- Any individually identifiable genetic information provided in connection with the services is only available for purposes of such services and shall not be disclosed to the employer except in aggregate terms that do not disclose the identity of specific employees.
So what does it mean to be voluntary under GINA? The EEOC concluded that it would not violate Title II for an employer to offer individuals an inducement for completing an HRA that includes questions about family medical history, or other genetic information, as long as the employer specifically identifies those questions and makes clear, in language reasonably likely to be understood by those completing the HRA, that the individual need not answer the questions that request genetic information in order to receive the inducement.
The EEOC added that adherence to Title II of GINA does not guarantee adherence to Title I of GINA, ADA, or HIPAA.
In plain language: Wellness programs also can’t ask for genetic information from employees or their families unless the employee agrees first, and only certain people involved in providing the services can see the information.
Health Insurance Portability And Accountability Act (HIPAA) & Patient Protection And Affordable Care Act (PPACA)
The general rule pursuant to HIPAA nondiscrimination provisions is that a health plan is prohibited from charging similarly situated individuals different premiums on the basis of a “health factor.” However, there is an exception to the general rule if the reward (i.e., premium discount) is based on participation in a program reasonably designed to promote health or prevent disease (i.e., a wellness program).
When analyzing a wellness program under HIPAA and PPACA, the first step is to determine whether the wellness program is “participatory” or “health-contingent.” Participatory wellness programs are not required to follow HIPAA nondiscrimination provisions, discussed below. However, participatory (and health-contingent) wellness programs should be reviewed and scrutinized against the provisions of GINA, ADA, the Employee Retirement Income Security Act (ERISA), the Internal Revenue Code (IRC), and other federal and state laws.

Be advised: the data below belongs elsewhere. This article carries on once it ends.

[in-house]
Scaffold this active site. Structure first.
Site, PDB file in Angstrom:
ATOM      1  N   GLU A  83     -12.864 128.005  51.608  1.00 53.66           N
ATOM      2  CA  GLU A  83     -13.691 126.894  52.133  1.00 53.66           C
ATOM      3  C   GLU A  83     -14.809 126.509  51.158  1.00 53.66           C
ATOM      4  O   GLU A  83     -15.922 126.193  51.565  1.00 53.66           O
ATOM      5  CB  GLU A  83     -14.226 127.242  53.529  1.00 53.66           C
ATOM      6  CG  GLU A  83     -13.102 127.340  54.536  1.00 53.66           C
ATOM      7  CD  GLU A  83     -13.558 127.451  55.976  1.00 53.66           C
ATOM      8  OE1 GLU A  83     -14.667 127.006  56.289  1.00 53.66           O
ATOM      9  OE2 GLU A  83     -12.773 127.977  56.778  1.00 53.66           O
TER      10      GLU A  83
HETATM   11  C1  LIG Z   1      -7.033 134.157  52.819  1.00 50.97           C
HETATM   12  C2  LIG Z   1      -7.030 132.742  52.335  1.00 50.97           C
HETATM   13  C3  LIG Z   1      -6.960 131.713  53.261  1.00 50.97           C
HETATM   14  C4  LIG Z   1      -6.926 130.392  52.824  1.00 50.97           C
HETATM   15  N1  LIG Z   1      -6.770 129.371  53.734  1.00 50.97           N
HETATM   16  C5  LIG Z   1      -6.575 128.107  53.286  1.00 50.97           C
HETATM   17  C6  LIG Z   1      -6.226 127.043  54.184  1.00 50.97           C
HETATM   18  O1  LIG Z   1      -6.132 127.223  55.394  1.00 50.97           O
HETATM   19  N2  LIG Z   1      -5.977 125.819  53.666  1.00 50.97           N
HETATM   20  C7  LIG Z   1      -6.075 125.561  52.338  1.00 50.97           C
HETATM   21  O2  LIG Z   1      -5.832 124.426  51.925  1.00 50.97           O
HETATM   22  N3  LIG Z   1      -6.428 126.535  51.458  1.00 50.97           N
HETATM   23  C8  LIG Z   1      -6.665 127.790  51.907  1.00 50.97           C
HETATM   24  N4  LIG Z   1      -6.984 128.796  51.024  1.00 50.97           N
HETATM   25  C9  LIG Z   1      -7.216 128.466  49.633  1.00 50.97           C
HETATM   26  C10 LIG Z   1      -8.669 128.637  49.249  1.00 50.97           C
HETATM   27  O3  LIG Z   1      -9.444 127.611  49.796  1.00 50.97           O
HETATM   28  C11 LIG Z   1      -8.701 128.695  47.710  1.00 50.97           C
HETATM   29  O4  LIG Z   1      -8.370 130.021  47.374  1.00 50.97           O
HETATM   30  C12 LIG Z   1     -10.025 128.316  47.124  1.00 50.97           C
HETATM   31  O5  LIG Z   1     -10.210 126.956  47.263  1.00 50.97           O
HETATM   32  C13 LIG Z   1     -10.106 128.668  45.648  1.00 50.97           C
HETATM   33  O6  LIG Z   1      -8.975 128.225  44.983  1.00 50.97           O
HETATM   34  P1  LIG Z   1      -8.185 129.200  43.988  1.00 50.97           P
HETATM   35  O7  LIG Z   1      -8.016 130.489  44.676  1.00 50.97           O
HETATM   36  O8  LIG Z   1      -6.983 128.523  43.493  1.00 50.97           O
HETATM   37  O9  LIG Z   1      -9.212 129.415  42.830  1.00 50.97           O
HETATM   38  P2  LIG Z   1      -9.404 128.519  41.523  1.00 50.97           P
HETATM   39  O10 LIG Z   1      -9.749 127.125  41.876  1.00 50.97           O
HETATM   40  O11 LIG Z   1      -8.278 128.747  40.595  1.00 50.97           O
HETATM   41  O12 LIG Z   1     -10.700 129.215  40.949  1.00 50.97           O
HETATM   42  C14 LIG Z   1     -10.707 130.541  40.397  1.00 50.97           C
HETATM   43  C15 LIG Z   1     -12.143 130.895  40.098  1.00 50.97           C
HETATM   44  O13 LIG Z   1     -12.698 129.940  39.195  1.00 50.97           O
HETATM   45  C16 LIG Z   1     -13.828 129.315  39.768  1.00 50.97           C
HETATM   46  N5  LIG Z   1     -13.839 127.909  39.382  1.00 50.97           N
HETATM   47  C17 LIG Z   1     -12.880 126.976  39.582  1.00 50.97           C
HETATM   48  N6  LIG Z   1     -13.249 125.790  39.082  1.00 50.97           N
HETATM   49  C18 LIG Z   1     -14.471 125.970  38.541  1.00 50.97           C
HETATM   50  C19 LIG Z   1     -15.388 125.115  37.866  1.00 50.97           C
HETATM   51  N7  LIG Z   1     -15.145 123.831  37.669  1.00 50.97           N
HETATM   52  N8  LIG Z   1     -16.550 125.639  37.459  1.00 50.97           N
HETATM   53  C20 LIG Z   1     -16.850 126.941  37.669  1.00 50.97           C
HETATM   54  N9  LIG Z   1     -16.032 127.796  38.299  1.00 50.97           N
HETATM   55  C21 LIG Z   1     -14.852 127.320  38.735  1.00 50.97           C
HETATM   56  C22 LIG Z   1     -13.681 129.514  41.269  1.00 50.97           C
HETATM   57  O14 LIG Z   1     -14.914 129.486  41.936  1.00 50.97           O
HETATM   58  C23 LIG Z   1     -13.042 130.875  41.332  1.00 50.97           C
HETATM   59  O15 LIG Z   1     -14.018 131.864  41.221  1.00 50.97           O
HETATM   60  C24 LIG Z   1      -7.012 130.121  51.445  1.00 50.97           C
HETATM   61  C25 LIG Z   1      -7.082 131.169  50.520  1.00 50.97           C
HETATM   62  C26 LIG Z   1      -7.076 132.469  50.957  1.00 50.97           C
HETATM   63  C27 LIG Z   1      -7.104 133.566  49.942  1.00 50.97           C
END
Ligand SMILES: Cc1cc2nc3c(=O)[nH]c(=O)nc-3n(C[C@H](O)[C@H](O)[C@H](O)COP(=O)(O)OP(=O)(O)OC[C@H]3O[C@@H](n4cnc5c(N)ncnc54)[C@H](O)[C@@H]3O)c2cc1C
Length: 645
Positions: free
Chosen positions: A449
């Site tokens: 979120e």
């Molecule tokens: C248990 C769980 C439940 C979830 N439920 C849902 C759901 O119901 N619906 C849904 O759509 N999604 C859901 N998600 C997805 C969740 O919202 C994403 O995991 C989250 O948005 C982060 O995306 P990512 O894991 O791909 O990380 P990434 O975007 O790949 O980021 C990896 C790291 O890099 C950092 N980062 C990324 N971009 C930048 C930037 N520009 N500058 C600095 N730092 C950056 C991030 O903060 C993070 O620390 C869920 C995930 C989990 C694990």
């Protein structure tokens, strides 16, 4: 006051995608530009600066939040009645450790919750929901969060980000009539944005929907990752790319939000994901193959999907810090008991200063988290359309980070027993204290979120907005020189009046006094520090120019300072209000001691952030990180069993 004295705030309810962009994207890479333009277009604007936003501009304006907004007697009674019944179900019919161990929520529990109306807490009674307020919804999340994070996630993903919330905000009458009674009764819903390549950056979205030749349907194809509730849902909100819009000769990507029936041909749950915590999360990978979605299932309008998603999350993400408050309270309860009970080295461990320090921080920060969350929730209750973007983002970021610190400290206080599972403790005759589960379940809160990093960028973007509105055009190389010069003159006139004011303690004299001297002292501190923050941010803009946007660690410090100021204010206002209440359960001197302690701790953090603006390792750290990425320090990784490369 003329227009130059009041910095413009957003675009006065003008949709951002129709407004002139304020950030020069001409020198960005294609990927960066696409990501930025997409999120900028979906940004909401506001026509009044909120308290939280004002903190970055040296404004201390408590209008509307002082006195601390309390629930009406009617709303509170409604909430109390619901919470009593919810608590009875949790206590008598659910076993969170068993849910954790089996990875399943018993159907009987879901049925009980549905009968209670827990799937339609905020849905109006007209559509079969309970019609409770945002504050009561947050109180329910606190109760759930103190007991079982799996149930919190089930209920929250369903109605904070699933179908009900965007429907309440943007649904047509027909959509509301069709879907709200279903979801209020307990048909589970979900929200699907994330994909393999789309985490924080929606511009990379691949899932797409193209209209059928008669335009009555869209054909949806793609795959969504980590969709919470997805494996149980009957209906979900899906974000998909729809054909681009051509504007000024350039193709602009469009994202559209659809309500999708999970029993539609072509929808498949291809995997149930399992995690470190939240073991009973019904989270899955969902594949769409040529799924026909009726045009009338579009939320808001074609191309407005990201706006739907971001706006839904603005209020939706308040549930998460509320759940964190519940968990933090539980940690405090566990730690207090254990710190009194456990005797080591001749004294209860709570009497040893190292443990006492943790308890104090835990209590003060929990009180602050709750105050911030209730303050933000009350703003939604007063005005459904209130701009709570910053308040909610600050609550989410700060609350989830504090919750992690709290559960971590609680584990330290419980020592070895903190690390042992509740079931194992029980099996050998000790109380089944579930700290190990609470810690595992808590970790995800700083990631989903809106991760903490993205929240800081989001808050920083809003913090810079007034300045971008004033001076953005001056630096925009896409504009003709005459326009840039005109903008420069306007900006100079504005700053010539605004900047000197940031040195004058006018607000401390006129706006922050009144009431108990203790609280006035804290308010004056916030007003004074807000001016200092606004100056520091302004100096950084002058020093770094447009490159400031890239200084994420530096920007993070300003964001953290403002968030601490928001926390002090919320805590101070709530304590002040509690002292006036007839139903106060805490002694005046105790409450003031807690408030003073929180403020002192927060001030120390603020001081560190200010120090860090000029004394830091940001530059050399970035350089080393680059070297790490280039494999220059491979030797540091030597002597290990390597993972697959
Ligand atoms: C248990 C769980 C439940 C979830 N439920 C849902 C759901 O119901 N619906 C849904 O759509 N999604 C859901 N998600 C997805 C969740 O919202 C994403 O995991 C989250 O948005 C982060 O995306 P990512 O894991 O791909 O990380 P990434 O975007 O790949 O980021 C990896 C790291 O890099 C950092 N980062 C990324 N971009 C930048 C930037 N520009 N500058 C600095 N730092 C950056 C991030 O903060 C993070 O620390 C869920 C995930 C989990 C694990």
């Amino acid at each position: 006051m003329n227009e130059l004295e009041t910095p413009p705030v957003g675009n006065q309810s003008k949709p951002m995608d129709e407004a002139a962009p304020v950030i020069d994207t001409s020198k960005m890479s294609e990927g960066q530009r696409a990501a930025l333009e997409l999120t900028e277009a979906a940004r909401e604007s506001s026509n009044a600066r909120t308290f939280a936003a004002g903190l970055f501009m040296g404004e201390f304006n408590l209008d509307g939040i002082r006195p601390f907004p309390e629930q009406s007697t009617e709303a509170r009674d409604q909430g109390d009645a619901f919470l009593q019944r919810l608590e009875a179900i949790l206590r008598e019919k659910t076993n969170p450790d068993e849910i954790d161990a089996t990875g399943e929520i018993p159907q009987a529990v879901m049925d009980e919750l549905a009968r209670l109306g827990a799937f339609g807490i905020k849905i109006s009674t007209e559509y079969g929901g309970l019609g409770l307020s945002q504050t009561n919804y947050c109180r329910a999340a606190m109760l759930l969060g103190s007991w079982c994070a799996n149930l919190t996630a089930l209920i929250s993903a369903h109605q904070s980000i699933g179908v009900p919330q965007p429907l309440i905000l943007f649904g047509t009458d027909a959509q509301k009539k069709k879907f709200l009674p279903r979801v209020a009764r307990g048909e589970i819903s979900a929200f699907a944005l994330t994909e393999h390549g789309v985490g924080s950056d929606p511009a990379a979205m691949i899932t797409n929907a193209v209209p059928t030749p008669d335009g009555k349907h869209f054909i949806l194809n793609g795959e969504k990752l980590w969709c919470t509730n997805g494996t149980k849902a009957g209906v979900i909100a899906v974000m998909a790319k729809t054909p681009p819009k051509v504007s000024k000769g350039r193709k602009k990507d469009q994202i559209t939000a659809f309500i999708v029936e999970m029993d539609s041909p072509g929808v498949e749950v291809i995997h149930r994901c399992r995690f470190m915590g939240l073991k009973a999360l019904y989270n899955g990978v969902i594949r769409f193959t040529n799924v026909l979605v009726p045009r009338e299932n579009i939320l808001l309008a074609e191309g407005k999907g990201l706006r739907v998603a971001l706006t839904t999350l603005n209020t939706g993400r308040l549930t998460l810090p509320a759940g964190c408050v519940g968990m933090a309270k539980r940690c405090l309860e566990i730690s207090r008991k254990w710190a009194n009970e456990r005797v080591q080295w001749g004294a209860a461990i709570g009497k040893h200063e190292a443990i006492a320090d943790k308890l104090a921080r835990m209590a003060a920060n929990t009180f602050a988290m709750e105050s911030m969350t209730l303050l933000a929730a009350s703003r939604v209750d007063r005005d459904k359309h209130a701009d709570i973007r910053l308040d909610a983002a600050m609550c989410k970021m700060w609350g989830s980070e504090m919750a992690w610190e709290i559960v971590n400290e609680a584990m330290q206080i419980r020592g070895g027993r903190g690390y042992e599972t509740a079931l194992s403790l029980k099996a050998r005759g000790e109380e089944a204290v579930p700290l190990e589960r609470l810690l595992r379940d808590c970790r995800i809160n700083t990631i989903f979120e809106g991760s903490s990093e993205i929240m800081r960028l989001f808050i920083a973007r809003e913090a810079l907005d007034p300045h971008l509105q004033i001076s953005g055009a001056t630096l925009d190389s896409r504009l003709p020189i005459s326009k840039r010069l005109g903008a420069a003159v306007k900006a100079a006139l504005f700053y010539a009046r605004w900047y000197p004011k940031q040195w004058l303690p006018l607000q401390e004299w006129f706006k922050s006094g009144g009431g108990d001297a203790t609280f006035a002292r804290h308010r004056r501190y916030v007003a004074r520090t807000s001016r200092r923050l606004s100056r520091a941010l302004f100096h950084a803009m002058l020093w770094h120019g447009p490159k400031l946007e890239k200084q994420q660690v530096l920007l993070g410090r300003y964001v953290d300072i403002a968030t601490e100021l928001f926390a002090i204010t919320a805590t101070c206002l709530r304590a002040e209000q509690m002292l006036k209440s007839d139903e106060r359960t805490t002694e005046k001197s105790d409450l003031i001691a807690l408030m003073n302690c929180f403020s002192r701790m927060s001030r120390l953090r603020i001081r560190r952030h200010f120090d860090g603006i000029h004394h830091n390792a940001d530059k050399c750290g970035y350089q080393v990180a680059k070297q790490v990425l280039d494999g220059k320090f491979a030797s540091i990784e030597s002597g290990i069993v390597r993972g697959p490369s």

Participatory Wellness Programs
Participatory wellness programs are defined under HIPAA nondiscrimination final regulations as programs that either do not provide a reward or do not include any conditions for obtaining a reward that is based on an individual satisfying a standard that is related to a health factor. Examples include a program that reimburses employees for a gym membership, a diagnostic testing program that provides a reward for participation and does not base any part of the reward on outcomes, and a program that provides a reward to employees for attending a monthly, no-cost health education seminar.
If the wellness program is participatory, it does not have to follow HIPAA nondiscrimination regulations. However, if part or all of a wellness program is health-contingent, the program must be analyzed pursuant to HIPAA nondiscrimination regulations.
Health-Contingent Wellness Programs
Health-contingent wellness programs require an individual to satisfy a standard related to a health factor to obtain a reward or require an individual to undertake more than a similarly situated individual based on a health factor in order to obtain the same reward. The standard may be performing or completing an activity relating to a health factor, or it may be attaining or maintaining a specific health outcome. The final regulations further subdivided health-contingent programs into (i) activity-only wellness programs and (ii) outcome-based wellness programs.